After a couple of inquiries (including Rick Steves, who seems to only find places with Americans), I booked what was billed as Avignon’s best restaurant for the birthday boy. It was indeed wonderful. Tim is toiling away on a recap of his entire birthday adventure, so I won’t spoil it. But here is the dinner and some more views of Avignon.

Our friend Heidi is always amazed that lots of places I go I run into people I know. Well, at the Palace of the Popes (the most famous thing about Avignon), there was a huge Rhone wine gathering (which I tried talking my way into without any luck). Later I found out that my Sonoma buddy Sondra Bernstein was in there somewhere!


The following weekend we headed to the antique fair in I’sle su la Sorgue, a picture-perfect town with a river running through it and water wheels, flower troughs, restaurants, and tiny shops galore. We bought, new and old.

Last time we were in Sorgue (two years ago), we got to talking to a couple in a little shop there and we continued a Facebook friendship ever since. So here we had all this stuff and a too small rental car we couldn’t return to Italy, and we had to be out of the Avignon rental the next day. We asked our friends if there was a place to store it in town, and they offered their house. We thanked them profusely (and in French) and promised to come back in a month to pick it up.

It was a wonderful 8 days with perfect weather again.

So, so far, everything had gone well, except for the exhaustion of hauling and heaving the bags. We backed up the bags again, returned the car to the Marseilles airport, and hopped an Iberia airline to Rome. (Cost: $29 each for the flight and $150 for the bags.) We got another rental car (a big Mercedes van-like thing) and drove home to Santa Fiora.

And then we came to our senses and realized we had imposed on two people we hardly knew with all our junk, and here we were with this giant rental car that didn’t fit through the narrow streets of Santa Fiora. After a few days, I booked a hotel on the Italian Rivera halfway to Sorgue and off we went. The drive there and the hotel were fabulous. The place with the most unlikely name, Hotel El Chico, was an old villa right on the Mediterranean in the little town of Varazze, filled with fabulous original art. Not to mention the views of the gardens, the pool, and the sea. Wow.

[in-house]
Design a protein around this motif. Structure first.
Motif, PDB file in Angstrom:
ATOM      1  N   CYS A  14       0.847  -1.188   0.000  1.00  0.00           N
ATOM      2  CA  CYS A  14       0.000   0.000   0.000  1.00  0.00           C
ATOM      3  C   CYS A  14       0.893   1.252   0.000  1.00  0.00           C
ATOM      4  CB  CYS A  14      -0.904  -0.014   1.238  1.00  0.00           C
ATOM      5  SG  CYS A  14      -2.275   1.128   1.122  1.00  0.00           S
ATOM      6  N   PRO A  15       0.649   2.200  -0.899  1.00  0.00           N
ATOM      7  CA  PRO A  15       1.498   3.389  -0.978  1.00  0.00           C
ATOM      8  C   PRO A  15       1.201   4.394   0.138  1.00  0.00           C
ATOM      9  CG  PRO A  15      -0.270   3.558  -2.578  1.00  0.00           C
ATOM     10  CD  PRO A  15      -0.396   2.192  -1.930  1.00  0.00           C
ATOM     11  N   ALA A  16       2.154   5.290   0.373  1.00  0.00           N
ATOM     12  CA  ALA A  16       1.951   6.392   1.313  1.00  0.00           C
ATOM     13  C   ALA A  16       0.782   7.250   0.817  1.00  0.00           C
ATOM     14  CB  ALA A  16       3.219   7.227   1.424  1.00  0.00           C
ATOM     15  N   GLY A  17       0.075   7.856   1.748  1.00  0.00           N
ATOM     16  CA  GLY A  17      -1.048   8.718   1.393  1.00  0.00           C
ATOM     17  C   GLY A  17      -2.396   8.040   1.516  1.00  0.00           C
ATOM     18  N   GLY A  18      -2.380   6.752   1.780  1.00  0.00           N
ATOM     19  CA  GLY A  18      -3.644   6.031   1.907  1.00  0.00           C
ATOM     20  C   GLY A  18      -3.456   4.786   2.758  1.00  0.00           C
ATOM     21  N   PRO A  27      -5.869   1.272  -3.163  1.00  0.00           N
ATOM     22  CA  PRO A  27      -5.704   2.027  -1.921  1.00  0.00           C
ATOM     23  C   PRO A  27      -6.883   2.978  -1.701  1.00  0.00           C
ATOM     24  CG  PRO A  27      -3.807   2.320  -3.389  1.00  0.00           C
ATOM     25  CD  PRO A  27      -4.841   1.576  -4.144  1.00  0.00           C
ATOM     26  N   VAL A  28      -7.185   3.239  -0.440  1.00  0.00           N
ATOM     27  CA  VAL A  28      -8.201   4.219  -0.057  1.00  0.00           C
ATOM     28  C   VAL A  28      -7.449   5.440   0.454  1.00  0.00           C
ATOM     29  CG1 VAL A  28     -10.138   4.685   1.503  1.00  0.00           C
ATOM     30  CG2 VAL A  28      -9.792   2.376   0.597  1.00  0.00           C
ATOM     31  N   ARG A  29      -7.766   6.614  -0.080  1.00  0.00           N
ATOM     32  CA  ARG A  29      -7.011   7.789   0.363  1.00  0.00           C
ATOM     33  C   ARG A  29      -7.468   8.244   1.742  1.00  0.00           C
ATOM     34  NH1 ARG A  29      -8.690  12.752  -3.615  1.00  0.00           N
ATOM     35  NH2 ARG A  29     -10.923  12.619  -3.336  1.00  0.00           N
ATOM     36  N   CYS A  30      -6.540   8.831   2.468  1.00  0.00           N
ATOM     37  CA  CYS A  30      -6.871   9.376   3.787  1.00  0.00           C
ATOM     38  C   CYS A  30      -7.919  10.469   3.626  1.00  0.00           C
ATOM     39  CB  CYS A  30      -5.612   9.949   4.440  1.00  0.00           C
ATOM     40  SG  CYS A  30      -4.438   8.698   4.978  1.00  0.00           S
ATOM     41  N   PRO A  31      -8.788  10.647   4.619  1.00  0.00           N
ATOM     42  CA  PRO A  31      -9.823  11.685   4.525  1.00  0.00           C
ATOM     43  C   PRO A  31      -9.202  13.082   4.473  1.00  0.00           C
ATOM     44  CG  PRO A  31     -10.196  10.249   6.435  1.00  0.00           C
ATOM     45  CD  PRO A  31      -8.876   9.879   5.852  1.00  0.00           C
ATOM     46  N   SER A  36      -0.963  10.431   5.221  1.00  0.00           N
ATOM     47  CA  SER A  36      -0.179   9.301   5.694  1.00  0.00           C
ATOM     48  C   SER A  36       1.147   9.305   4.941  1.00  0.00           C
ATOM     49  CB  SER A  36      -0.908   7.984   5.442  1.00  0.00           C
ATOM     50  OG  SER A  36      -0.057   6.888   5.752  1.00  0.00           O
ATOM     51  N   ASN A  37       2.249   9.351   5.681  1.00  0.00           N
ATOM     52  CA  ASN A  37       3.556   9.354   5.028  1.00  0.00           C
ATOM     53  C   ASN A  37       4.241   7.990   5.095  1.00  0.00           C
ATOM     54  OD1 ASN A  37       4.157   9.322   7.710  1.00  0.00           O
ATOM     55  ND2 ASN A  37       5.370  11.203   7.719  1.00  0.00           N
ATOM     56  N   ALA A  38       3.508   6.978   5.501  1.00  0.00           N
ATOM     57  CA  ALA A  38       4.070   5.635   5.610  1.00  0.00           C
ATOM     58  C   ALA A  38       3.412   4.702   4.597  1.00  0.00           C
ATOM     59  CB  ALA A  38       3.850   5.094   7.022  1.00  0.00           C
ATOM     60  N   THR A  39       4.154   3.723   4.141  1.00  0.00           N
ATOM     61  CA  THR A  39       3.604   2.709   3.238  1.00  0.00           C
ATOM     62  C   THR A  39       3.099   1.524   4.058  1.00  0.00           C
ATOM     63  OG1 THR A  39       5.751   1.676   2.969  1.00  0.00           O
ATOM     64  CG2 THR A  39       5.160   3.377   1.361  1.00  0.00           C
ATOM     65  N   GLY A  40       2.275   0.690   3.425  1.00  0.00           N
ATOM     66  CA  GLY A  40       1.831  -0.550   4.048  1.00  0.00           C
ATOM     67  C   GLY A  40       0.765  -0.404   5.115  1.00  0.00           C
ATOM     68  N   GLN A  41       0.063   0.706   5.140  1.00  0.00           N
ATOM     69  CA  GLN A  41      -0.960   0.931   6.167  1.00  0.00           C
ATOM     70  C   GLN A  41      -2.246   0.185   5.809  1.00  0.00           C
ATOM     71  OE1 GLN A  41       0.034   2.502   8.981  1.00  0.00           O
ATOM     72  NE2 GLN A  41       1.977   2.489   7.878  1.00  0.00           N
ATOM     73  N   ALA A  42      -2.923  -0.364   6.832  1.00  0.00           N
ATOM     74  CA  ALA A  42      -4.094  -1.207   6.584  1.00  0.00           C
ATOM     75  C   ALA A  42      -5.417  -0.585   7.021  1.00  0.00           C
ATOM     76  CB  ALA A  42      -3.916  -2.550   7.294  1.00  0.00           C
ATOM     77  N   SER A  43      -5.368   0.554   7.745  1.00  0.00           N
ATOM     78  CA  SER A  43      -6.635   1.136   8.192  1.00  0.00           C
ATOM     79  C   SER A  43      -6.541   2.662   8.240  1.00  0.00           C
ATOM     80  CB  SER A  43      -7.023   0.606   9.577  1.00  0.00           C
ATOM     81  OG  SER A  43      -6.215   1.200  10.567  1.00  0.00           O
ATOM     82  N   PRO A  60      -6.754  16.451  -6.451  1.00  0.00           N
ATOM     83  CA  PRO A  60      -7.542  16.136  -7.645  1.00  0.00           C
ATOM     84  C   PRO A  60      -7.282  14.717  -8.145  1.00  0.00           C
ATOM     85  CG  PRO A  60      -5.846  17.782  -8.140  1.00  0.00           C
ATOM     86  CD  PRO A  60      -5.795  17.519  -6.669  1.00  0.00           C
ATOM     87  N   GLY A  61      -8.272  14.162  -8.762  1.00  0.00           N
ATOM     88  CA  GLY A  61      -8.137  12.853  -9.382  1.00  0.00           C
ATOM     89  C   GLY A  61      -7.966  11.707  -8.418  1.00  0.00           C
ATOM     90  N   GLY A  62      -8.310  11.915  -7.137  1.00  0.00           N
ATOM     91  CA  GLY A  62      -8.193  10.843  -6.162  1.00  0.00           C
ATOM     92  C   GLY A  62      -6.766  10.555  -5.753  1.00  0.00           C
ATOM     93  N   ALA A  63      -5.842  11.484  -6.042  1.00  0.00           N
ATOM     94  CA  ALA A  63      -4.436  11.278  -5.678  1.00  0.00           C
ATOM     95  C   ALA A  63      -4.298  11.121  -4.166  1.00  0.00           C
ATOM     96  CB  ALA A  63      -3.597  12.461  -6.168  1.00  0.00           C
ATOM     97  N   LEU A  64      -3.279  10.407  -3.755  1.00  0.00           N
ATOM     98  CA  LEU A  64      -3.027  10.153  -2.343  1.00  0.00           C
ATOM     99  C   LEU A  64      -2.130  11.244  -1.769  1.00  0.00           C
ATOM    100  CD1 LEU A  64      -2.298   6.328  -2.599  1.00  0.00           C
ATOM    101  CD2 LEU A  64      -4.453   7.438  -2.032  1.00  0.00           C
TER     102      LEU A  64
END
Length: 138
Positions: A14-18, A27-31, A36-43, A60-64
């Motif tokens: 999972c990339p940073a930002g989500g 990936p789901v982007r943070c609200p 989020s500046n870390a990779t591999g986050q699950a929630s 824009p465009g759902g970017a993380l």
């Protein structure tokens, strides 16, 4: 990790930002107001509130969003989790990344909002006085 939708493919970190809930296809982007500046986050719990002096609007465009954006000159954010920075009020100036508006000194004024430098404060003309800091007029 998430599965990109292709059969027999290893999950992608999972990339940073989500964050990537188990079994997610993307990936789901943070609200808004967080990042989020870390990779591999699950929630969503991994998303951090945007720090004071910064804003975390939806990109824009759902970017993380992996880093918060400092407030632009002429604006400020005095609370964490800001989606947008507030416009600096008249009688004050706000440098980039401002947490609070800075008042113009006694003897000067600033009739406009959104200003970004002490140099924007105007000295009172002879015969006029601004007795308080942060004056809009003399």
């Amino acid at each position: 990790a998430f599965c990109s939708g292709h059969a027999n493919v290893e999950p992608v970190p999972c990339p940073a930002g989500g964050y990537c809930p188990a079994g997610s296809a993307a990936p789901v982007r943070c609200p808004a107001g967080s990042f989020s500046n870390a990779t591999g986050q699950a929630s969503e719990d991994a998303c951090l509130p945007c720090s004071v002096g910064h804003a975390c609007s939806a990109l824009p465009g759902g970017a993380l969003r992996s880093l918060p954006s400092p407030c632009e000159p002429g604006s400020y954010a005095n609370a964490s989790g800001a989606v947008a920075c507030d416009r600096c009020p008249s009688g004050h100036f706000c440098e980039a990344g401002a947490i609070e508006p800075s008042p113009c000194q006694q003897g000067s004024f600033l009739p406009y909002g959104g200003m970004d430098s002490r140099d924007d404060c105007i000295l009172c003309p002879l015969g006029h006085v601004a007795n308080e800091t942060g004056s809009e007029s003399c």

We headed out the next day and Tim decided he wanted to see more of the little towns along the Cinque Terra and Riviera than the Autostrada. We threaded our way through tiny towns full of traffic, stop signs, red lights, and pedestrians. The views were beautiful, but after five hours I said “enough – off to the Autostrada.”

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Another six hours later, we rolled back into Sorgue and crashed at the Grand Hotel Henri. OMG, we were so tired. Another beautiful old hotel with the most amazing staff, great food, and gorgeous patios.

After retrieving our loot from our friends the next day, we headed back to Santa Fiora via the Autostrada all the way. I had tried to have the rental company let us have the car for longer than 27 days, but they wouldn’t budge. So I booked a three-month rental with Hertz, two days later we drove the 2 ½ hours to Rome and exchanged the car, shopped for more stuff at Ikea (pronounced E-kea in Europe), and drove home, appropriately, in a driving rain and thunderstorm. On the way we saw a stream of sports cars — a Ferrari, a Maserati, a Bugati, and that’s all I could identify. Here you go, boys:


Finally home, we hung curtains, arranged furniture, plugged in lamps, and declared ourselves settled in. And now, to the important stuff – wine and cheese and prosciutto on the patio sitting in our new patio furniture and gazing out at the neighbor’s sheep grazing our pasture. La dolce vita!


Ciao, bellas!!

P.S.: We are so very grateful to our great friends who lent us their house and car for three months while we were back and “homeless” in Sonoma County. To Betsy, Craig, and Nan, we are forever thankful for your generosity. Now it’s your turn to come stay with (or without) us!

The Disruptive Influence

My father called me “The DI,” or Disruptive Influence, from the time I was about 9 or 10 years old. I thought it wasn’t a good thing, that it was about my being too “bossy,” as my sister calls me. I felt bad that that was my place in the family, rather than being “the smart one” or “the pretty one” or even “the troubled one.”

I mentioned this to my brother a few years ago. He said it was just that I would “cause things to happen. It was a good thing.  You’d say, ‘Let’s go to the beach!’ And off we’d go. ‘Let’s make taffy!’ And we’d make taffy.”

(I’m not sure this says as much about me as it does my family, but oh well.)

0058I think it was partly self-preservation. I like being busy. I like making things happen. I like adventure. (And obviously, since age 4 or so, I don’t like others pushing me around!)